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Education path to become a good CFO?

post #1 of 15
Thread Starter 
I've been working for my parents in the home health care business for 2 years after graduating as a BA in political science. I originally intended to go into law, but learning about it has this way of discouraging its practice, at least for me.

So I've been taking some accounting classes to work my way into a more administrative/CFO role for another branch which we are developing. What I wanted was some feedback/opinions on what you believe would help me prepare for the responsibilities ahead.

My plan so far (Keep in mind, I did not take accounting/business classes in college):

Take more accounting/business classes/ post-bach and get my CPA
Go to a FEMBA program like UCLA or UCI

I was also considering an MHA, Masters in Health Administration. Is anyone knowledgeable on the subject that can offer some advice on my plan?
post #2 of 15
Quote:
Originally Posted by Saltricks View Post
I've been working for my parents in the home health care business for 2 years after graduating as a BA in political science. I originally intended to go into law, but learning about it has this way of discouraging its practice, at least for me.

So I've been taking some accounting classes to work my way into a more administrative/CFO role for another branch which we are developing. What I wanted was some feedback/opinions on what you believe would help me prepare for the responsibilities ahead.

My plan so far (Keep in mind, I did not take accounting/business classes in college):

Take more accounting/business classes/ post-bach and get my CPA
Go to a FEMBA program like UCLA or UCI

I was also considering an MHA, Masters in Health Administration. Is anyone knowledgeable on the subject that can offer some advice on my plan?

hmm...... I would be surprised if you could be a "good" CFO without being an accountant. but, and I mean no offense, but if you are talking about running a family home healthcare business, you don't really need to be a "good" CFO, you need to be an ok CFO.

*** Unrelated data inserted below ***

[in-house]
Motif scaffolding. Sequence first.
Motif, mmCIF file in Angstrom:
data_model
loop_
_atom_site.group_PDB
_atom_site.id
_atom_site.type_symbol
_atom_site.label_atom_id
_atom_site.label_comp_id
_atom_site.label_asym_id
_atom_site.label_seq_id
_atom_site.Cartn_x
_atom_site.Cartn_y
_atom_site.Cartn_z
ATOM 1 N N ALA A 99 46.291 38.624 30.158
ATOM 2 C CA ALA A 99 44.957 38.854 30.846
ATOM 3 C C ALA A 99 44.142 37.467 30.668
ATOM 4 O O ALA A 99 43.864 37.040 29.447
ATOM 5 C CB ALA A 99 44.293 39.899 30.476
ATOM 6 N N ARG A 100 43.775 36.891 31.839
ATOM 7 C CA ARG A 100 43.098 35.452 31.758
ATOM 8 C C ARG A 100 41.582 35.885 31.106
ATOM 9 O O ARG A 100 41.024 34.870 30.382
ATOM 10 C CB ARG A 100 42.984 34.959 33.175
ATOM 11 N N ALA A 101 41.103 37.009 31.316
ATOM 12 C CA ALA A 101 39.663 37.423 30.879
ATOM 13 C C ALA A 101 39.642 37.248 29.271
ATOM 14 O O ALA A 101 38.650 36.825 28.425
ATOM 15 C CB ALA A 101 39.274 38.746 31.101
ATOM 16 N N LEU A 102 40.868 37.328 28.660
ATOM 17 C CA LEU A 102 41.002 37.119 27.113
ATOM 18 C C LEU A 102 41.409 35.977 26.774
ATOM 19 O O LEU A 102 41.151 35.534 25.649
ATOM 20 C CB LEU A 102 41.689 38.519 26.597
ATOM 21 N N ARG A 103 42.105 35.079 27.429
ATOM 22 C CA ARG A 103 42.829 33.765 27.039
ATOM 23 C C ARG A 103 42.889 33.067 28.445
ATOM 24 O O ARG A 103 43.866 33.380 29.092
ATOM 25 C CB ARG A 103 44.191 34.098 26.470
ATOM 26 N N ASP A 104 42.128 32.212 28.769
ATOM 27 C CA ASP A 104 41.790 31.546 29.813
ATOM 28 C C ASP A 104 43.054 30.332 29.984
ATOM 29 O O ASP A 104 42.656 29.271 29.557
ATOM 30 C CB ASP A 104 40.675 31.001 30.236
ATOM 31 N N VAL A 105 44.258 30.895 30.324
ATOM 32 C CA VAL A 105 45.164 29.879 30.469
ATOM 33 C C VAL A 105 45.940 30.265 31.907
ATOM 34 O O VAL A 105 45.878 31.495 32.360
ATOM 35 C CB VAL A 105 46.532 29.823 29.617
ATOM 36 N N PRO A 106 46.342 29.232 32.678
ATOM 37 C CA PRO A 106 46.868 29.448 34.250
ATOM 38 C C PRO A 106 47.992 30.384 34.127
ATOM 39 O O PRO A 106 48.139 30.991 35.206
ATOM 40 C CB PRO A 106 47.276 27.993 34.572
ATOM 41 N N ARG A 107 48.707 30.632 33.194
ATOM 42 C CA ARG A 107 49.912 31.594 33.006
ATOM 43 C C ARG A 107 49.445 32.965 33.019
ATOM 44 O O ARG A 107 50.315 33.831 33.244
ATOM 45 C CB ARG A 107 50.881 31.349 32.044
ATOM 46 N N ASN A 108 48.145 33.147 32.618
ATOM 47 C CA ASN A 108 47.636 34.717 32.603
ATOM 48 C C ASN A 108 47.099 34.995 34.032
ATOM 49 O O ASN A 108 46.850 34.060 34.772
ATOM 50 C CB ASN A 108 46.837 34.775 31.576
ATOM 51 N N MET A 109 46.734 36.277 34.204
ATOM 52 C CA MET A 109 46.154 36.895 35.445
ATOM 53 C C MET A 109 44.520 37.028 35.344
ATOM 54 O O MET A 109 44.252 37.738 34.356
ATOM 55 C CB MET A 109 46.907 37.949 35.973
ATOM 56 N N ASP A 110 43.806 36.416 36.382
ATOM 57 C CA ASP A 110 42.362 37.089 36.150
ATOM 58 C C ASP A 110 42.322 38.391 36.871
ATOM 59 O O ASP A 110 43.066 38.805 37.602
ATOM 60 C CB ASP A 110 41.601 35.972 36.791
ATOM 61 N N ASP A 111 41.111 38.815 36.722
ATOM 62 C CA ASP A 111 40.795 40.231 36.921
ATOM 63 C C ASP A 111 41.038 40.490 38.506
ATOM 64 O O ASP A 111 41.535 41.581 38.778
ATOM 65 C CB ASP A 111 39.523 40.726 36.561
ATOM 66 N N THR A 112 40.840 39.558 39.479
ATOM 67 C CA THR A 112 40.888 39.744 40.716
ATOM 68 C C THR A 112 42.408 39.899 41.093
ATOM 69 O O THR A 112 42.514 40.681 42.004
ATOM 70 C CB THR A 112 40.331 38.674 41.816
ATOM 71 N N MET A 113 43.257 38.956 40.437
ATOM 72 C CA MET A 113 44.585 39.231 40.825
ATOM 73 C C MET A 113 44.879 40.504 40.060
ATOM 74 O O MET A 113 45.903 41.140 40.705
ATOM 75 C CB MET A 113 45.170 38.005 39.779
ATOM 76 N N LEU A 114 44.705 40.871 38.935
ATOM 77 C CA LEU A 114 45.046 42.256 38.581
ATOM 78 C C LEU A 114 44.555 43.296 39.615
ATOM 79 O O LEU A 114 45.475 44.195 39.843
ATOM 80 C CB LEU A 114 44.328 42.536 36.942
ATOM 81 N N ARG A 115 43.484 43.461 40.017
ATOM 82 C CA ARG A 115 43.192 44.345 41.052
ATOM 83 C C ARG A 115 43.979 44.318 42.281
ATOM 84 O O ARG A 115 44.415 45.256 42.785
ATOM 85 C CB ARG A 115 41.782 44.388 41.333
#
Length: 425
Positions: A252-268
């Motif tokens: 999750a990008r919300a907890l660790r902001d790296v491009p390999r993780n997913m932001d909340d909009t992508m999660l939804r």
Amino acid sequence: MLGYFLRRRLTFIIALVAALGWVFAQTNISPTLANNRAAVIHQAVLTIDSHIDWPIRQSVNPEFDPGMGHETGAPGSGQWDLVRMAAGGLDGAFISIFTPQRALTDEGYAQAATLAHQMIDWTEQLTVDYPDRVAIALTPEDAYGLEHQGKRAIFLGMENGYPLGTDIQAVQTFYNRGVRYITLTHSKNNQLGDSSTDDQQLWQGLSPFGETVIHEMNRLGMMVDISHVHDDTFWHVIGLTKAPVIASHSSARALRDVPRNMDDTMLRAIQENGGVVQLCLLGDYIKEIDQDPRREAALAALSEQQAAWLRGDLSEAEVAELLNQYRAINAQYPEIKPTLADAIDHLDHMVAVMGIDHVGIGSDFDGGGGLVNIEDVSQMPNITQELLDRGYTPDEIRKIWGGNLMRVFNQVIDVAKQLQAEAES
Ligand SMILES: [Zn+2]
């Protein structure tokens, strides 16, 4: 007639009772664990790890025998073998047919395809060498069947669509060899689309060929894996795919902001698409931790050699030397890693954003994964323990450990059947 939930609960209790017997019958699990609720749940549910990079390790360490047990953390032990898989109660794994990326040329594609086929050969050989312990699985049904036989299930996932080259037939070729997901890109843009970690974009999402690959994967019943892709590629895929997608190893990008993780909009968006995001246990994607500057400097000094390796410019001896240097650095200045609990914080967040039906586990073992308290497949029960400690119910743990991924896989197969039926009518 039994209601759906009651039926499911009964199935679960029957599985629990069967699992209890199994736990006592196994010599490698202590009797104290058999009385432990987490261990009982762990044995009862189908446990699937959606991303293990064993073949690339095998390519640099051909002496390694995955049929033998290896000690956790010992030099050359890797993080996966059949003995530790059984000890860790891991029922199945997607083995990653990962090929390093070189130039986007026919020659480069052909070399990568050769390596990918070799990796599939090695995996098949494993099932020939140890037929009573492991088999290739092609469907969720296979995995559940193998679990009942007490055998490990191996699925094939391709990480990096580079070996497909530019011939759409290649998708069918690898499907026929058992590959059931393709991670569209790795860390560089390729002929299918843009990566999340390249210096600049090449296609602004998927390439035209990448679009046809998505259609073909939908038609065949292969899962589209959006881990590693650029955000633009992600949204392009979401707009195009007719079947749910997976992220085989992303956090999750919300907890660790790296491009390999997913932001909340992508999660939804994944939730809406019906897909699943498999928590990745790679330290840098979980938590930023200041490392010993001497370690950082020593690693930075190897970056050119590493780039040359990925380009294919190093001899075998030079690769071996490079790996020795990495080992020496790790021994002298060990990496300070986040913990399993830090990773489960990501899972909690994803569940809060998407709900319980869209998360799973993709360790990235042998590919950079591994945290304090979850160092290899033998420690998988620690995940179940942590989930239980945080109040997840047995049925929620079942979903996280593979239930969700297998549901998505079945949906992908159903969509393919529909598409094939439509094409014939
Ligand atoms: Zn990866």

that said, a very good friend of mine did his undergraduate degree in accounting, and then did his master's in hospital managment, and is now the CFO of a huge corporation.
post #3 of 15
Thread Starter 
I think the biggest question is if I should get an MBA, MHA, or something else, assuming I get my CPA
post #4 of 15
Quote:
Originally Posted by globetrotter View Post
hmm...... I would be surprised if you could be a "good" CFO without being an accountant. but, and I mean no offense, but if you are talking about running a family home healthcare business, you don't really need to be a "good" CFO, you need to be an ok CFO.

that said, a very good friend of mine did his undergraduate degree in accounting, and then did his master's in hospital managment, and is now the CFO of a huge corporation.

The OP does say he'll get his CPA, so there will be at least two years of in-the-trenches public accounting experience.

As for whether or not you need to be an accountant to be a good CFO, I think it depends a lot on organizational size. Definitely true for small companies, but once you get to $100M+ in revenue, there should be a very strong accounting team (and controller) in place and the accounting nuts and bolts will be less important.
post #5 of 15
Thread Starter 
Quote:
Originally Posted by tj100 View Post
The OP does say he'll get his CPA, so there will be at least two years of in-the-trenches public accounting experience. As for whether or not you need to be an accountant to be a good CFO, I think it depends a lot on organizational size. Definitely true for small companies, but once you get to $100M+ in revenue, there should be a very strong accounting team (and controller) in place and the accounting nuts and bolts will be less important.
By the time that I will be taking the CFO reins(5-7 years), we'd be edging probably be edging up on $70-$80 million in revenue, depending on how well this new branch does. I'm just concerned about the skillset that I should be developing in order to be good at my job and help the company grow/be more profitable.
post #6 of 15
Quote:
Originally Posted by Saltricks View Post
By the time that I will be taking the CFO reins(5-7 years), we'd be edging probably be edging up on $70-$80 million in revenue, depending on how well this new branch does. I'm just concerned about the skillset that I should be developing in order to be good at my job and help the company grow/be more profitable.

Personally, if you're staying with your family company, I would skip the CPA and do an MBA instead. I'd definitely take some accounting classes so you understand debits and credits, but the CPA route is sort of a wasted two years.
post #7 of 15
Quote:
Originally Posted by tj100 View Post
Personally, if you're staying with your family company, I would skip the CPA and do an MBA instead. I'd definitely take some accounting classes so you understand debits and credits, but the CPA route is sort of a wasted two years.